SPAC Shares Are Not Created Equal

So, Don't Value Them Equally

By: Ryan MacLean | Charles Paraboschi

Estimated reading time: 3 minutes

The article in brief:

  • The market for special purpose acquisition companies has grown explosively in the last year.
  • New SPAC sponsor entrants may not be aware of the significant valuation differences between founder shares and those traded publicly.
  • The basic structural differences between share types are straightforward, but valuation becomes more complex when a deal may be on the table.

By any metric, 2020 has already shattered previous records for special purpose acquisition company formation. According to SPACInsider, gross proceeds for the 234 SPAC IPOs through mid-December stood at $78.3 billion, dwarfing the figures for 2019 and 2018 ($13.6 billion and $10.7 billion, respectively).

Even Shaq has launched a SPAC.

The NBA Hall of Famer has joined other celebrities from the world of finance and beyond, including baseball numbers whiz Billy Beane, former House Speaker Paul Ryan, and former White House advisor and Goldman Sachs executive Gary Cohn in getting in on the SPAC craze.

While a SPAC may have a celebrity or renowned operating executive as the public face, the initial capital outlay—to cover the costs associated with maintaining the structure and completing an IPO—is typically sourced from founders and their financial partners, including one or more hedge fund or private equity sponsors. In return, the sponsor typically receives special founder shares at a deep discount to the cost of public shares, along with warrants that are more-or-less identical in structure and value to the warrants associated with public SPAC shares.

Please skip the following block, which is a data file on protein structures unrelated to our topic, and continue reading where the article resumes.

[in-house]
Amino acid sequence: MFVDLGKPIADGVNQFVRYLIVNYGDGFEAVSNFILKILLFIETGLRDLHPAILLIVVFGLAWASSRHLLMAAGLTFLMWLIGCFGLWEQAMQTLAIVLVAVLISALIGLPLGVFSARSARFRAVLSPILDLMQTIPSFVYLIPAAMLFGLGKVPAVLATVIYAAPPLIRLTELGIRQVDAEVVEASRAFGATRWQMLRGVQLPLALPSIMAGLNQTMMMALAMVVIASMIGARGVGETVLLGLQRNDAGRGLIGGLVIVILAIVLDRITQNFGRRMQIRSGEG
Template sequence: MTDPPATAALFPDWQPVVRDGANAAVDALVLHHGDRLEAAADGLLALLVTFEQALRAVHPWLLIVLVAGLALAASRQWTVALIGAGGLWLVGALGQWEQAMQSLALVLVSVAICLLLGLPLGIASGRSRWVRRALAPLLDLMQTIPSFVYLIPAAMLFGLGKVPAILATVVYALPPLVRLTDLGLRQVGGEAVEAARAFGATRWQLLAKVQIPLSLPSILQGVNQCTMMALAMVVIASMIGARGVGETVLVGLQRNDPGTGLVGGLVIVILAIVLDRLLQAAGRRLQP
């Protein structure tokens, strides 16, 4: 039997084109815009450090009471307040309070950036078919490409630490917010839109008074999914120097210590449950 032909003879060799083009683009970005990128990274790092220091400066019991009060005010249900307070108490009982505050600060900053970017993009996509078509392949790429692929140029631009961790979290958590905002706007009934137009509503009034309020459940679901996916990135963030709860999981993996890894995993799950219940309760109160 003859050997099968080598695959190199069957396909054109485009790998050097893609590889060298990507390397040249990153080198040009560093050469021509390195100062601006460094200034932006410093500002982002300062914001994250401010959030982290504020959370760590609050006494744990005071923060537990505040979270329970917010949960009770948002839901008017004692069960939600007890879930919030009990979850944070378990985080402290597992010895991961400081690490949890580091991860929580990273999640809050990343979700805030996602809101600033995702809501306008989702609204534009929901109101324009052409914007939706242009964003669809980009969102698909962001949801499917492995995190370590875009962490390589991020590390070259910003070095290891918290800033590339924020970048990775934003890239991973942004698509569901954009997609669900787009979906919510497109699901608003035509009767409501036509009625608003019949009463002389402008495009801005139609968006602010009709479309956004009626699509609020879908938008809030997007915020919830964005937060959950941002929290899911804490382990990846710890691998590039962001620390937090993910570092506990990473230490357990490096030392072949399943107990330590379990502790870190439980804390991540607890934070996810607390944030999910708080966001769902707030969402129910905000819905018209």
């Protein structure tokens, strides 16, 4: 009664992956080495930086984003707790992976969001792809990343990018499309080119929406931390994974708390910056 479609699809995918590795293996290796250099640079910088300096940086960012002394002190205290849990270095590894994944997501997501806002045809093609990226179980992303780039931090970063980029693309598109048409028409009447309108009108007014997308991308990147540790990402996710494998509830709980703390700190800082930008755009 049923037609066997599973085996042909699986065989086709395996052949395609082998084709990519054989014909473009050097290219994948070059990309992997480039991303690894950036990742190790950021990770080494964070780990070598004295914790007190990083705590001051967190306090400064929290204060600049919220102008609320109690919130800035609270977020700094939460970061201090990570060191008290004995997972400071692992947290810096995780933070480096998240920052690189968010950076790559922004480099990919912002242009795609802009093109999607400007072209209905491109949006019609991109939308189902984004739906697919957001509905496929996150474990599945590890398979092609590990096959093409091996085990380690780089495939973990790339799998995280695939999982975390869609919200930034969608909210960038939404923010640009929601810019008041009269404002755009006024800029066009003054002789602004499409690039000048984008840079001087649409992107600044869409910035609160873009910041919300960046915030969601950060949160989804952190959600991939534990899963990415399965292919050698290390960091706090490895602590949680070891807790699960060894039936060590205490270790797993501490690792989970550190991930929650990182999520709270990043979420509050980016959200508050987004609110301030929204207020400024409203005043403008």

Some new sponsors to the market may not be aware of the imperative to value these founders’ shares differently from the public shares that trade at a market value. Calculating a valuation that recognizes the difference between founders’ shares and those trading in the public market is especially important if they are held in a fund structure that needs to periodically strike a net asset value for investors.

Accounting for Structural Differences in Founder Shares

There are main structural differences between founder shares and those that trade publicly, which reduce the fair value of the former relative to the latter:

  1. Founder shares are subject to a lockup period that prohibits the sale of the shares as the SPAC is searching for an acquisition (a period of up to two years, typically) and for a period after an acquisition (or “de-SPAC” in SPAC speak) is completed—typically, such lockups last 12 months.
  2. Founder shares do not feature the de facto put option enjoyed by holders of public shares. Whereby, upon announcement of a deal, the SPAC is obligated to allow shareholders to vote on the acquisition and public shareholders can tender their shares back to the SPAC in exchange for an amount of cash roughly equal to the price they paid at the IPO. Founder shares in most cases actually expire worthless if an acquisition is not completed.